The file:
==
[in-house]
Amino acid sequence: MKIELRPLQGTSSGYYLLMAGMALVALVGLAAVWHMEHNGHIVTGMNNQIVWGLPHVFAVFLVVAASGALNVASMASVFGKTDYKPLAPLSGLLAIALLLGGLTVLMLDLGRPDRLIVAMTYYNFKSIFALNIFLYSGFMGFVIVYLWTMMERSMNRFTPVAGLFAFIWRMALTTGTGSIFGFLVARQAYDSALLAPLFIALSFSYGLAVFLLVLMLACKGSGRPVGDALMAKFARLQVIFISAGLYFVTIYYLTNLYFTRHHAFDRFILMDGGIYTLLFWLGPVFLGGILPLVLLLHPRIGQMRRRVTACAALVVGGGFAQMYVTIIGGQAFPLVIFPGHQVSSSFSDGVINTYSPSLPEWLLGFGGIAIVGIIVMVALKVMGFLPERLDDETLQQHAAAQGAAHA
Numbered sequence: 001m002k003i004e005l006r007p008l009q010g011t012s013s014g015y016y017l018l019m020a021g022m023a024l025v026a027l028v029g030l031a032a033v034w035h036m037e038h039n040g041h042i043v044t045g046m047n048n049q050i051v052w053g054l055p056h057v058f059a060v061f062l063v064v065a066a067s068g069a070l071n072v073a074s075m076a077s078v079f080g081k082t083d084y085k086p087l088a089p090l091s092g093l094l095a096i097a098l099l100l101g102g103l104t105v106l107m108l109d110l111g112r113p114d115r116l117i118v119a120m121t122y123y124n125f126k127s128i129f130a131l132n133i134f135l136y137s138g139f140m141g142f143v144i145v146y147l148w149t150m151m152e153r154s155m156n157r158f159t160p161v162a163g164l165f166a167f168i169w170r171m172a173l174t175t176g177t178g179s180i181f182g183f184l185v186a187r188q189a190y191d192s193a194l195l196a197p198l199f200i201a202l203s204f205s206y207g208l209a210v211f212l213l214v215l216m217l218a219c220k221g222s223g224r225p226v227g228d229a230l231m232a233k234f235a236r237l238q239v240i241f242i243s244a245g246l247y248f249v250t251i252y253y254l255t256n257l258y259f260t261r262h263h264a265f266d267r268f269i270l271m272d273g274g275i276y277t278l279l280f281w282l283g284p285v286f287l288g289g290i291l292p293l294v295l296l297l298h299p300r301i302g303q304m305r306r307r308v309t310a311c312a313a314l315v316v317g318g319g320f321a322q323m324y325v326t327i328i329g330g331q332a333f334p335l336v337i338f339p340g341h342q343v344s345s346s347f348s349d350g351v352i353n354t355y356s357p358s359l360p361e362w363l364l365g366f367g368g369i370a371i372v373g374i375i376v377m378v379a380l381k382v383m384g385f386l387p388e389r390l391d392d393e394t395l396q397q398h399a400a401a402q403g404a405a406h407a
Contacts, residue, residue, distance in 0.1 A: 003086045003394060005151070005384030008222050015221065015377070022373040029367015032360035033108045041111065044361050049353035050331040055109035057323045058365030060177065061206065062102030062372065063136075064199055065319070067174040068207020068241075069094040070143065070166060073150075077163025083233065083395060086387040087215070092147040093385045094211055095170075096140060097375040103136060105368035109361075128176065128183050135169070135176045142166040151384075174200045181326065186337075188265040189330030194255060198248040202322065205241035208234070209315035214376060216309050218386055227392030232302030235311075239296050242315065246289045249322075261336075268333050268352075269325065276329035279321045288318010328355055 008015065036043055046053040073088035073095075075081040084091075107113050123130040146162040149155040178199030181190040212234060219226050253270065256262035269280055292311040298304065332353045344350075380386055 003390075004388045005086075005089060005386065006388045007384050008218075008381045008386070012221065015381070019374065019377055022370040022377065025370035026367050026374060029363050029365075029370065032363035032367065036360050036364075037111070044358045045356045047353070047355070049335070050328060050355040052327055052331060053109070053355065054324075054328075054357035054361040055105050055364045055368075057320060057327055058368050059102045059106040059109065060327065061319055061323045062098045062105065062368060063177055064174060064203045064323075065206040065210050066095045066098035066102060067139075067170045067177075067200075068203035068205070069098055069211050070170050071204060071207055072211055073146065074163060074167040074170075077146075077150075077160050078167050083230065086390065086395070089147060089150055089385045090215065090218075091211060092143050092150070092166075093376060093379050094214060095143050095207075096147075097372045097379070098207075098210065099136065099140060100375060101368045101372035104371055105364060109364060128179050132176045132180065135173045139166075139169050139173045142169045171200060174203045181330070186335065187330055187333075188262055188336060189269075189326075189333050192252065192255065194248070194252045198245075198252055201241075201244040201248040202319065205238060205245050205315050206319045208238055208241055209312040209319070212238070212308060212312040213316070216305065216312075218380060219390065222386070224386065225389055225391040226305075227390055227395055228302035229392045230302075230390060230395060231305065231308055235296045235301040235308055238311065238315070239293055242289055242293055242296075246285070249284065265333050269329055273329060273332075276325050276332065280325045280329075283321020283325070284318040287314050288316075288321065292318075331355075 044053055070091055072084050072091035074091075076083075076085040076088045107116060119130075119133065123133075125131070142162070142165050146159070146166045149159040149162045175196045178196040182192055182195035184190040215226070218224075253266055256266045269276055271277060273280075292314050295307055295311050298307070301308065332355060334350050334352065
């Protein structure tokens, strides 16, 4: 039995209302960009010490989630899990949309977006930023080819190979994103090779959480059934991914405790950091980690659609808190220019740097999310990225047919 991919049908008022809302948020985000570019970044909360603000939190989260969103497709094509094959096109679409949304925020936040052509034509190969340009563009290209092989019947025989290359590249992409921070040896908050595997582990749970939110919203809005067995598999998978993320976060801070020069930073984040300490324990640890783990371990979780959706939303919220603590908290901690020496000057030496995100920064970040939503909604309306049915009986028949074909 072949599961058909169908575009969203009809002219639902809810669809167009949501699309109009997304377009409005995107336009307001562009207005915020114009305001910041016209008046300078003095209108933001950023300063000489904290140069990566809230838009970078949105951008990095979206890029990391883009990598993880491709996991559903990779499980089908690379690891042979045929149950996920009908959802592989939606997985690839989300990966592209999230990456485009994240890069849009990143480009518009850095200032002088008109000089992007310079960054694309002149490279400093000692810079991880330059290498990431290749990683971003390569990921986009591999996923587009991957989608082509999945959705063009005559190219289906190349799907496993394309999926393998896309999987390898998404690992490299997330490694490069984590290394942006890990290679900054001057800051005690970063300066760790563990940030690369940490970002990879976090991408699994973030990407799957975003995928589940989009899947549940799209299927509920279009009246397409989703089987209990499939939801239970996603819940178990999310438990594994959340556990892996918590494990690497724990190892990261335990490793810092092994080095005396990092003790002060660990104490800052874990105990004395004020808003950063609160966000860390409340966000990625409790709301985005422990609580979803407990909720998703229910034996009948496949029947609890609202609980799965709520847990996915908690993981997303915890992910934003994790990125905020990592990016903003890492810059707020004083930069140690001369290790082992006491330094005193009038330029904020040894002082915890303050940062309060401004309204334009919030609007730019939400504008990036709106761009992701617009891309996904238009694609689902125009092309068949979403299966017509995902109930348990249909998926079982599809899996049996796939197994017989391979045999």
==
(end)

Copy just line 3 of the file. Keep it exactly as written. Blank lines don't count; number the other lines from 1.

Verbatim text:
Numbered sequence: 001m002k003i004e005l006r007p008l009q010g011t012s013s014g015y016y017l018l019m020a021g022m023a024l025v026a027l028v029g030l031a032a033v034w035h036m037e038h039n040g041h042i043v044t045g046m047n048n049q050i051v052w053g054l055p056h057v058f059a060v061f062l063v064v065a066a067s068g069a070l071n072v073a074s075m076a077s078v079f080g081k082t083d084y085k086p087l088a089p090l091s092g093l094l095a096i097a098l099l100l101g102g103l104t105v106l107m108l109d110l111g112r113p114d115r116l117i118v119a120m121t122y123y124n125f126k127s128i129f130a131l132n133i134f135l136y137s138g139f140m141g142f143v144i145v146y147l148w149t150m151m152e153r154s155m156n157r158f159t160p161v162a163g164l165f166a167f168i169w170r171m172a173l174t175t176g177t178g179s180i181f182g183f184l185v186a187r188q189a190y191d192s193a194l195l196a197p198l199f200i201a202l203s204f205s206y207g208l209a210v211f212l213l214v215l216m217l218a219c220k221g222s223g224r225p226v227g228d229a230l231m232a233k234f235a236r237l238q239v240i241f242i243s244a245g246l247y248f249v250t251i252y253y254l255t256n257l258y259f260t261r262h263h264a265f266d267r268f269i270l271m272d273g274g275i276y277t278l279l280f281w282l283g284p285v286f287l288g289g290i291l292p293l294v295l296l297l298h299p300r301i302g303q304m305r306r307r308v309t310a311c312a313a314l315v316v317g318g319g320f321a322q323m324y325v326t327i328i329g330g331q332a333f334p335l336v337i338f339p340g341h342q343v344s345s346s347f348s349d350g351v352i353n354t355y356s357p358s359l360p361e362w363l364l365g366f367g368g369i370a371i372v373g374i375i376v377m378v379a380l381k382v383m384g385f386l387p388e389r390l391d392d393e394t395l396q397q398h399a400a401a402q403g404a405a406h407a